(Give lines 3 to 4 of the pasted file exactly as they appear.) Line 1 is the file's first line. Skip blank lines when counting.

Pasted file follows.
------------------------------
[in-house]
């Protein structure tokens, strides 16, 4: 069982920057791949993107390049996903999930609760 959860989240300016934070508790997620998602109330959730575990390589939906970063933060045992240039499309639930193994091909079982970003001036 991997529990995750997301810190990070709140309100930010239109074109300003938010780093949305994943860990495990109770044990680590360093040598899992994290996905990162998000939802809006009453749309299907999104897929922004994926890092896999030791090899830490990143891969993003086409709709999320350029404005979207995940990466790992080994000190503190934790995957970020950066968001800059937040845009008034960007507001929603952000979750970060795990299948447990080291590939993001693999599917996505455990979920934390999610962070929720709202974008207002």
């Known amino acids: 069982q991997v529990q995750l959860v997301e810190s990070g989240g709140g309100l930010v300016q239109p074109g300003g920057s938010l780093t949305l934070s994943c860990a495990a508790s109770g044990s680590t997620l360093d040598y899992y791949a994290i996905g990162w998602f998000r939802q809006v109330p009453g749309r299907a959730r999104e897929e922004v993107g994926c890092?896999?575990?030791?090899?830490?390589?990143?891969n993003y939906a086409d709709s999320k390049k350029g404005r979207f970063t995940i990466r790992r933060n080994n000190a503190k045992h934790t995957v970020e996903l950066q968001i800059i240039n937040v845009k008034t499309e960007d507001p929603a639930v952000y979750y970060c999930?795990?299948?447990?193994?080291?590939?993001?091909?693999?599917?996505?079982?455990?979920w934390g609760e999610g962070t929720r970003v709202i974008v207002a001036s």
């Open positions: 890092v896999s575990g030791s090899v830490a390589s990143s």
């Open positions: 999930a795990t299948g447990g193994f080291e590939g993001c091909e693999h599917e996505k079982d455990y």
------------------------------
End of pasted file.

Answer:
């Known amino acids: 069982q991997v529990q995750l959860v997301e810190s990070g989240g709140g309100l930010v300016q239109p074109g300003g920057s938010l780093t949305l934070s994943c860990a495990a508790s109770g044990s680590t997620l360093d040598y899992y791949a994290i996905g990162w998602f998000r939802q809006v109330p009453g749309r299907a959730r999104e897929e922004v993107g994926c890092?896999?575990?030791?090899?830490?390589?990143?891969n993003y939906a086409d709709s999320k390049k350029g404005r979207f970063t995940i990466r790992r933060n080994n000190a503190k045992h934790t995957v970020e996903l950066q968001i800059i240039n937040v845009k008034t499309e960007d507001p929603a639930v952000y979750y970060c999930?795990?299948?447990?193994?080291?590939?993001?091909?693999?599917?996505?079982?455990?979920w934390g609760e999610g962070t929720r970003v709202i974008v207002a001036s």
């Open positions: 890092v896999s575990g030791s090899v830490a390589s990143s």